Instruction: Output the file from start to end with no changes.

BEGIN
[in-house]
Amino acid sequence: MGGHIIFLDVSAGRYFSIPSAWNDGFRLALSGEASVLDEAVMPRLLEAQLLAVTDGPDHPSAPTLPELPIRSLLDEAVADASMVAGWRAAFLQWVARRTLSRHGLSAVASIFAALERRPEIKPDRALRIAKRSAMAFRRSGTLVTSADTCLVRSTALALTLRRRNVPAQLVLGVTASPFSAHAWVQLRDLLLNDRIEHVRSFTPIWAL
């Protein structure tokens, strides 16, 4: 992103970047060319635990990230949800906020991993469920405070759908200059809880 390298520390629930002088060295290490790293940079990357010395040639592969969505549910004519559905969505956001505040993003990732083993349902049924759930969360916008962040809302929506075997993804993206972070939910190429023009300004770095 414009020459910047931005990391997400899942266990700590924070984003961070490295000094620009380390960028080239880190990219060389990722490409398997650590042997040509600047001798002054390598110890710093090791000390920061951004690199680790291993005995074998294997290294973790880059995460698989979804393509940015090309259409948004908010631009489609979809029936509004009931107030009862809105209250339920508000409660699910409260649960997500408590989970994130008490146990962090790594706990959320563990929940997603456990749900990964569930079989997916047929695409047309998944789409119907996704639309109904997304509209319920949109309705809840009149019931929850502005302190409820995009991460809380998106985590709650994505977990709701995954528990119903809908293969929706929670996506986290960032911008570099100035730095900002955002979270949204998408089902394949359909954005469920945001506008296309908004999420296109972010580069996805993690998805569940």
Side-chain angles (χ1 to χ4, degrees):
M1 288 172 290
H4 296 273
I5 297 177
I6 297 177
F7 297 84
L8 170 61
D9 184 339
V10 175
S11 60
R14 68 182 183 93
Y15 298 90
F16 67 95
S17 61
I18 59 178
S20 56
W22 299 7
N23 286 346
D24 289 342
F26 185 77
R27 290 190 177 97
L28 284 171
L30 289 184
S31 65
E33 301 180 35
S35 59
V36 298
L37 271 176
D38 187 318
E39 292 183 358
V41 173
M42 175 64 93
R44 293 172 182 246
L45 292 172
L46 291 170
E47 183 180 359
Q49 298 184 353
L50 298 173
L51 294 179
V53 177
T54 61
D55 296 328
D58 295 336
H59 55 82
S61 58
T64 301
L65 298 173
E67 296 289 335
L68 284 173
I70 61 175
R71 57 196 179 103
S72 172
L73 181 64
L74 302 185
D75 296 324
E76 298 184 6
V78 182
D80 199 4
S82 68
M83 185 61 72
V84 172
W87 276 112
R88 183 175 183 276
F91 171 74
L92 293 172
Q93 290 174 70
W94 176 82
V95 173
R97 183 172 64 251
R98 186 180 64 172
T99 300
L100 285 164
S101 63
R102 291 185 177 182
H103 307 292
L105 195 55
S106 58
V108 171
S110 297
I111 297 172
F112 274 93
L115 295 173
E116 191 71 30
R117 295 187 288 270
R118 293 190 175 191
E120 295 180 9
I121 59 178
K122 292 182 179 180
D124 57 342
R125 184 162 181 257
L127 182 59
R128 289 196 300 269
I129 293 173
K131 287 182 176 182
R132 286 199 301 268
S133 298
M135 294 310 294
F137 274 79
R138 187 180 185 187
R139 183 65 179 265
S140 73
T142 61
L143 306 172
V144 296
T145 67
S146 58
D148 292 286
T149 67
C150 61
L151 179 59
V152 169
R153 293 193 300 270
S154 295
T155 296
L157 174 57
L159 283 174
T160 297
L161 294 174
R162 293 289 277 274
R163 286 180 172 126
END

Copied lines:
[in-house]
Amino acid sequence: MGGHIIFLDVSAGRYFSIPSAWNDGFRLALSGEASVLDEAVMPRLLEAQLLAVTDGPDHPSAPTLPELPIRSLLDEAVADASMVAGWRAAFLQWVARRTLSRHGLSAVASIFAALERRPEIKPDRALRIAKRSAMAFRRSGTLVTSADTCLVRSTALALTLRRRNVPAQLVLGVTASPFSAHAWVQLRDLLLNDRIEHVRSFTPIWAL
């Protein structure tokens, strides 16, 4: 992103970047060319635990990230949800906020991993469920405070759908200059809880 390298520390629930002088060295290490790293940079990357010395040639592969969505549910004519559905969505956001505040993003990732083993349902049924759930969360916008962040809302929506075997993804993206972070939910190429023009300004770095 414009020459910047931005990391997400899942266990700590924070984003961070490295000094620009380390960028080239880190990219060389990722490409398997650590042997040509600047001798002054390598110890710093090791000390920061951004690199680790291993005995074998294997290294973790880059995460698989979804393509940015090309259409948004908010631009489609979809029936509004009931107030009862809105209250339920508000409660699910409260649960997500408590989970994130008490146990962090790594706990959320563990929940997603456990749900990964569930079989997916047929695409047309998944789409119907996704639309109904997304509209319920949109309705809840009149019931929850502005302190409820995009991460809380998106985590709650994505977990709701995954528990119903809908293969929706929670996506986290960032911008570099100035730095900002955002979270949204998408089902394949359909954005469920945001506008296309908004999420296109972010580069996805993690998805569940």
Side-chain angles (χ1 to χ4, degrees):
M1 288 172 290
H4 296 273
I5 297 177
I6 297 177
F7 297 84
L8 170 61
D9 184 339
V10 175
S11 60
R14 68 182 183 93
Y15 298 90
F16 67 95
S17 61
I18 59 178
S20 56
W22 299 7
N23 286 346
D24 289 342
F26 185 77
R27 290 190 177 97
L28 284 171
L30 289 184
S31 65
E33 301 180 35
S35 59
V36 298
L37 271 176
D38 187 318
E39 292 183 358
V41 173
M42 175 64 93
R44 293 172 182 246
L45 292 172
L46 291 170
E47 183 180 359
Q49 298 184 353
L50 298 173
L51 294 179
V53 177
T54 61
D55 296 328
D58 295 336
H59 55 82
S61 58
T64 301
L65 298 173
E67 296 289 335
L68 284 173
I70 61 175
R71 57 196 179 103
S72 172
L73 181 64
L74 302 185
D75 296 324
E76 298 184 6
V78 182
D80 199 4
S82 68
M83 185 61 72
V84 172
W87 276 112
R88 183 175 183 276
F91 171 74
L92 293 172
Q93 290 174 70
W94 176 82
V95 173
R97 183 172 64 251
R98 186 180 64 172
T99 300
L100 285 164
S101 63
R102 291 185 177 182
H103 307 292
L105 195 55
S106 58
V108 171
S110 297
I111 297 172
F112 274 93
L115 295 173
E116 191 71 30
R117 295 187 288 270
R118 293 190 175 191
E120 295 180 9
I121 59 178
K122 292 182 179 180
D124 57 342
R125 184 162 181 257
L127 182 59
R128 289 196 300 269
I129 293 173
K131 287 182 176 182
R132 286 199 301 268
S133 298
M135 294 310 294
F137 274 79
R138 187 180 185 187
R139 183 65 179 265
S140 73
T142 61
L143 306 172
V144 296
T145 67
S146 58
D148 292 286
T149 67
C150 61
L151 179 59
V152 169
R153 293 193 300 270
S154 295
T155 296
L157 174 57
L159 283 174
T160 297
L161 294 174
R162 293 289 277 274
R163 286 180 172 126